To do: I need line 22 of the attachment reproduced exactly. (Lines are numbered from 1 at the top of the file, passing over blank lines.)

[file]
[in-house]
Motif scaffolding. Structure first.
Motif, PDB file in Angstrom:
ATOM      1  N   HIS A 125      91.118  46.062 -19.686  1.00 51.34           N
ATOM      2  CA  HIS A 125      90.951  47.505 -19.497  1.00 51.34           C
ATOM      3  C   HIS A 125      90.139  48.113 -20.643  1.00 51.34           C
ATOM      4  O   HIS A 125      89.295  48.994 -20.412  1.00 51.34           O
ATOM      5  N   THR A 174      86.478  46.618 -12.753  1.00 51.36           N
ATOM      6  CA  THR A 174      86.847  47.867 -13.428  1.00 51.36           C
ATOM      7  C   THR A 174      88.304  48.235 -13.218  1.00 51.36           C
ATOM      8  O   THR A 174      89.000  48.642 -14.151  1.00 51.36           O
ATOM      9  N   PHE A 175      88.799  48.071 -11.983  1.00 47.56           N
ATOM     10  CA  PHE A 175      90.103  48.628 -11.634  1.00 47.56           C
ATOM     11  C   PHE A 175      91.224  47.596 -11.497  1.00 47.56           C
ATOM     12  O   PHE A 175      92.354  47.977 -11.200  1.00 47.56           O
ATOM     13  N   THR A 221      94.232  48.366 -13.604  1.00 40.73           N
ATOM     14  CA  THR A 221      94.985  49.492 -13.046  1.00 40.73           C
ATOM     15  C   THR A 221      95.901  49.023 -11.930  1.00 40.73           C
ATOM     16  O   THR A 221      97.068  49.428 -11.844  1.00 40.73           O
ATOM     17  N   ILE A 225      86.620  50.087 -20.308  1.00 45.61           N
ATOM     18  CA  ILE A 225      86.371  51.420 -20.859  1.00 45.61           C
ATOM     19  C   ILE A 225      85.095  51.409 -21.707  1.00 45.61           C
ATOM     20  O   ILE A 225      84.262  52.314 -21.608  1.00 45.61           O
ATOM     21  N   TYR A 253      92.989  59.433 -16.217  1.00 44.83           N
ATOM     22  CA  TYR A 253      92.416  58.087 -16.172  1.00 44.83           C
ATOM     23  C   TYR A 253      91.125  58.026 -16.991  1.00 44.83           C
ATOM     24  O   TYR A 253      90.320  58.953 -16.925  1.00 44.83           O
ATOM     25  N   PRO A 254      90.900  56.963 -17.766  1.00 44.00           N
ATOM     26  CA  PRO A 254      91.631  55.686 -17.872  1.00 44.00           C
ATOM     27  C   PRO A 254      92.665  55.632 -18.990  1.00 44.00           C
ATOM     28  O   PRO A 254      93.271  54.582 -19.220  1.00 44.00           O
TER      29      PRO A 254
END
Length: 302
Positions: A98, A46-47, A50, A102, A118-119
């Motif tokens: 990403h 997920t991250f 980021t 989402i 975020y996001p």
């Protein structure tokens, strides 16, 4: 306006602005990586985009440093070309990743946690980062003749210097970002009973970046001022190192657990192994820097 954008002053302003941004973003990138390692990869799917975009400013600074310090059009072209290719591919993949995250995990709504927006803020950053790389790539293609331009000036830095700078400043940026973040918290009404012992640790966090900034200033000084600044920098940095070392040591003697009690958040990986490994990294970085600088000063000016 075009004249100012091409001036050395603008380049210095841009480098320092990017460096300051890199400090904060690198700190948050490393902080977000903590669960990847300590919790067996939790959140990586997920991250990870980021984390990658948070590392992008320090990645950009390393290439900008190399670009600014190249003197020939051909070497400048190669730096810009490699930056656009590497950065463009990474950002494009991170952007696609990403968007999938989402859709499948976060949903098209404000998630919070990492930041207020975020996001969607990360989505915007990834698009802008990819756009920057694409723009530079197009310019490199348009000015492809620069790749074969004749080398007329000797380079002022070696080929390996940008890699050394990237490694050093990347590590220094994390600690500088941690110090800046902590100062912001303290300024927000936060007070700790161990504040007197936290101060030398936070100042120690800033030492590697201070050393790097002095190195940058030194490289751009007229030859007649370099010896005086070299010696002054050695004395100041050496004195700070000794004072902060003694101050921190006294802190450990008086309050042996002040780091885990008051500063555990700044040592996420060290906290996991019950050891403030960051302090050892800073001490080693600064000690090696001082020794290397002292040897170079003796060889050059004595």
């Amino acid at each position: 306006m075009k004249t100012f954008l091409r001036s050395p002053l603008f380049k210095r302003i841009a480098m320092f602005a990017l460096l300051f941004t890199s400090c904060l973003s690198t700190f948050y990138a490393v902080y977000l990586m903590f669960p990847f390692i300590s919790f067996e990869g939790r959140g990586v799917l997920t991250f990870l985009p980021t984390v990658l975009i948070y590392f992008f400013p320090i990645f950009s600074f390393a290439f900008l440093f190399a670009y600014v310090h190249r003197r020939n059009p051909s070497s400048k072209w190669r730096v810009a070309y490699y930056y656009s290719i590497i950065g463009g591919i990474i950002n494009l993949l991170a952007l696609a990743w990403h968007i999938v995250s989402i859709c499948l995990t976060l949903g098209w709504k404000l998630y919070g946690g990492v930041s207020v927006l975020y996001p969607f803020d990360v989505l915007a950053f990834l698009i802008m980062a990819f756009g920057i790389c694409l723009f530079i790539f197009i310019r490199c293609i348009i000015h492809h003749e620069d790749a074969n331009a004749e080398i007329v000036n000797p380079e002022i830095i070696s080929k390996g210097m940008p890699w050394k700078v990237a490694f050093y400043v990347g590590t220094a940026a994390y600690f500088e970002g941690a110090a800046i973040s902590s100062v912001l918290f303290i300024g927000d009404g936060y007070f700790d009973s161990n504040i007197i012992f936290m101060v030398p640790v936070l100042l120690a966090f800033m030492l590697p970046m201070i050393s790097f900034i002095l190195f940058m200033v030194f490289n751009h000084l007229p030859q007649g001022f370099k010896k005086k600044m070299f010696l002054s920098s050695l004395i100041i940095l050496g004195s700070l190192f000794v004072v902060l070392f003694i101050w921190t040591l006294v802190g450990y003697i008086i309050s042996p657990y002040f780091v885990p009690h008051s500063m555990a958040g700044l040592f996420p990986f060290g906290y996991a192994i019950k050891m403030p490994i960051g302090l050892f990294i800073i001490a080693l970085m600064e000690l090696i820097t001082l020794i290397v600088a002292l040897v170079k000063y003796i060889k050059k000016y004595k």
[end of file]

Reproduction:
ATOM     19  C   ILE A 225      85.095  51.409 -21.707  1.00 45.61           C